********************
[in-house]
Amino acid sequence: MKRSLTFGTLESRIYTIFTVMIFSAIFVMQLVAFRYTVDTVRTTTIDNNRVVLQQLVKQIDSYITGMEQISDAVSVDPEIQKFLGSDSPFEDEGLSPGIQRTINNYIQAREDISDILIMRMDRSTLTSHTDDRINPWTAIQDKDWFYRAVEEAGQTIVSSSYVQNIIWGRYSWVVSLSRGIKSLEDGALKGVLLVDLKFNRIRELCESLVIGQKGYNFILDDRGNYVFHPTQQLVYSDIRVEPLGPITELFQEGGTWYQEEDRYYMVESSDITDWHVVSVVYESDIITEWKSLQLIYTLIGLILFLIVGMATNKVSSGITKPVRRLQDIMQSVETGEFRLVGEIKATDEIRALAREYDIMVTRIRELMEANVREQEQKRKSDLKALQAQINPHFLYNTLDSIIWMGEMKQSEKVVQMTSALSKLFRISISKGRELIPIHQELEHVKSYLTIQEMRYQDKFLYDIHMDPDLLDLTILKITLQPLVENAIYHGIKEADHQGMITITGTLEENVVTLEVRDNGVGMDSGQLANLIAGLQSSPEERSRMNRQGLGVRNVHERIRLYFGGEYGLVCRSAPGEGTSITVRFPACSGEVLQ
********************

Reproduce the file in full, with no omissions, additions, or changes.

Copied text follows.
[in-house]
Amino acid sequence: MKRSLTFGTLESRIYTIFTVMIFSAIFVMQLVAFRYTVDTVRTTTIDNNRVVLQQLVKQIDSYITGMEQISDAVSVDPEIQKFLGSDSPFEDEGLSPGIQRTINNYIQAREDISDILIMRMDRSTLTSHTDDRINPWTAIQDKDWFYRAVEEAGQTIVSSSYVQNIIWGRYSWVVSLSRGIKSLEDGALKGVLLVDLKFNRIRELCESLVIGQKGYNFILDDRGNYVFHPTQQLVYSDIRVEPLGPITELFQEGGTWYQEEDRYYMVESSDITDWHVVSVVYESDIITEWKSLQLIYTLIGLILFLIVGMATNKVSSGITKPVRRLQDIMQSVETGEFRLVGEIKATDEIRALAREYDIMVTRIRELMEANVREQEQKRKSDLKALQAQINPHFLYNTLDSIIWMGEMKQSEKVVQMTSALSKLFRISISKGRELIPIHQELEHVKSYLTIQEMRYQDKFLYDIHMDPDLLDLTILKITLQPLVENAIYHGIKEADHQGMITITGTLEENVVTLEVRDNGVGMDSGQLANLIAGLQSSPEERSRMNRQGLGVRNVHERIRLYFGGEYGLVCRSAPGEGTSITVRFPACSGEVLQ